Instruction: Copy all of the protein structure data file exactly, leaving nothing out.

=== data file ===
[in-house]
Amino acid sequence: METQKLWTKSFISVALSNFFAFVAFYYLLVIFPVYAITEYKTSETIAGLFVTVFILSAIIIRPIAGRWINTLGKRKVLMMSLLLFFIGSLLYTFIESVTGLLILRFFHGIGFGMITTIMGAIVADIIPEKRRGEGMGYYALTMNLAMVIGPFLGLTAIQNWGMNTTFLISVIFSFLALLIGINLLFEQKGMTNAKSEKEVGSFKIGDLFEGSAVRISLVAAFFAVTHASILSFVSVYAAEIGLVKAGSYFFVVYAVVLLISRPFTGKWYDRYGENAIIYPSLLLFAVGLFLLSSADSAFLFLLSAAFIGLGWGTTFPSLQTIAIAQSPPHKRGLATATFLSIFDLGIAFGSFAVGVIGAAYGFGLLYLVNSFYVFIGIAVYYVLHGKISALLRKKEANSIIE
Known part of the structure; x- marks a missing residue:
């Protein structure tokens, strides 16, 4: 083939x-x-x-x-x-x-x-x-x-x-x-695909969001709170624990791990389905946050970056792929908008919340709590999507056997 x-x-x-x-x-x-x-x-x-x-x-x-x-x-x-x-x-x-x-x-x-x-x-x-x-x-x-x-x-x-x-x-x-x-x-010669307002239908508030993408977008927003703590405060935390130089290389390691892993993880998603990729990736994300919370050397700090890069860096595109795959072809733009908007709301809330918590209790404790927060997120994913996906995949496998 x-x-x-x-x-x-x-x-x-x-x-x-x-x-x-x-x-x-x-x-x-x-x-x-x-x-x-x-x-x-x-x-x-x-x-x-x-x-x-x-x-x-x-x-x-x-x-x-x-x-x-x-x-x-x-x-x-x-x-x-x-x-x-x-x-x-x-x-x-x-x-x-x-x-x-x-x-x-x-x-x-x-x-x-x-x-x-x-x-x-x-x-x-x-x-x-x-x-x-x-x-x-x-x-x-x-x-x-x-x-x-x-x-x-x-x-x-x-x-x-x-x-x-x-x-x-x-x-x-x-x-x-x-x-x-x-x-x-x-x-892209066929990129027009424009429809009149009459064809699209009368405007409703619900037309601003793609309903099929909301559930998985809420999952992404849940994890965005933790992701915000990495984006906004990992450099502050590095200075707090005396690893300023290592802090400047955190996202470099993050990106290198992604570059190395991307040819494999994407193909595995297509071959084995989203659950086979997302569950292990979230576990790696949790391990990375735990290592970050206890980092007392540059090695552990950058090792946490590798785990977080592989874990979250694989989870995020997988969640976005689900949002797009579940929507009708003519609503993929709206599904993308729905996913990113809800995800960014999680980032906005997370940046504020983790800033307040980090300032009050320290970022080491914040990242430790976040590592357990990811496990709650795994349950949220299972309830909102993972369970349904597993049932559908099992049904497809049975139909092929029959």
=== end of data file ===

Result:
[in-house]
Amino acid sequence: METQKLWTKSFISVALSNFFAFVAFYYLLVIFPVYAITEYKTSETIAGLFVTVFILSAIIIRPIAGRWINTLGKRKVLMMSLLLFFIGSLLYTFIESVTGLLILRFFHGIGFGMITTIMGAIVADIIPEKRRGEGMGYYALTMNLAMVIGPFLGLTAIQNWGMNTTFLISVIFSFLALLIGINLLFEQKGMTNAKSEKEVGSFKIGDLFEGSAVRISLVAAFFAVTHASILSFVSVYAAEIGLVKAGSYFFVVYAVVLLISRPFTGKWYDRYGENAIIYPSLLLFAVGLFLLSSADSAFLFLLSAAFIGLGWGTTFPSLQTIAIAQSPPHKRGLATATFLSIFDLGIAFGSFAVGVIGAAYGFGLLYLVNSFYVFIGIAVYYVLHGKISALLRKKEANSIIE
Known part of the structure; x- marks a missing residue:
């Protein structure tokens, strides 16, 4: 083939x-x-x-x-x-x-x-x-x-x-x-695909969001709170624990791990389905946050970056792929908008919340709590999507056997 x-x-x-x-x-x-x-x-x-x-x-x-x-x-x-x-x-x-x-x-x-x-x-x-x-x-x-x-x-x-x-x-x-x-x-010669307002239908508030993408977008927003703590405060935390130089290389390691892993993880998603990729990736994300919370050397700090890069860096595109795959072809733009908007709301809330918590209790404790927060997120994913996906995949496998 x-x-x-x-x-x-x-x-x-x-x-x-x-x-x-x-x-x-x-x-x-x-x-x-x-x-x-x-x-x-x-x-x-x-x-x-x-x-x-x-x-x-x-x-x-x-x-x-x-x-x-x-x-x-x-x-x-x-x-x-x-x-x-x-x-x-x-x-x-x-x-x-x-x-x-x-x-x-x-x-x-x-x-x-x-x-x-x-x-x-x-x-x-x-x-x-x-x-x-x-x-x-x-x-x-x-x-x-x-x-x-x-x-x-x-x-x-x-x-x-x-x-x-x-x-x-x-x-x-x-x-x-x-x-x-x-x-x-x-x-892209066929990129027009424009429809009149009459064809699209009368405007409703619900037309601003793609309903099929909301559930998985809420999952992404849940994890965005933790992701915000990495984006906004990992450099502050590095200075707090005396690893300023290592802090400047955190996202470099993050990106290198992604570059190395991307040819494999994407193909595995297509071959084995989203659950086979997302569950292990979230576990790696949790391990990375735990290592970050206890980092007392540059090695552990950058090792946490590798785990977080592989874990979250694989989870995020997988969640976005689900949002797009579940929507009708003519609503993929709206599904993308729905996913990113809800995800960014999680980032906005997370940046504020983790800033307040980090300032009050320290970022080491914040990242430790976040590592357990990811496990709650795994349950949220299972309830909102993972369970349904597993049932559908099992049904497809049975139909092929029959």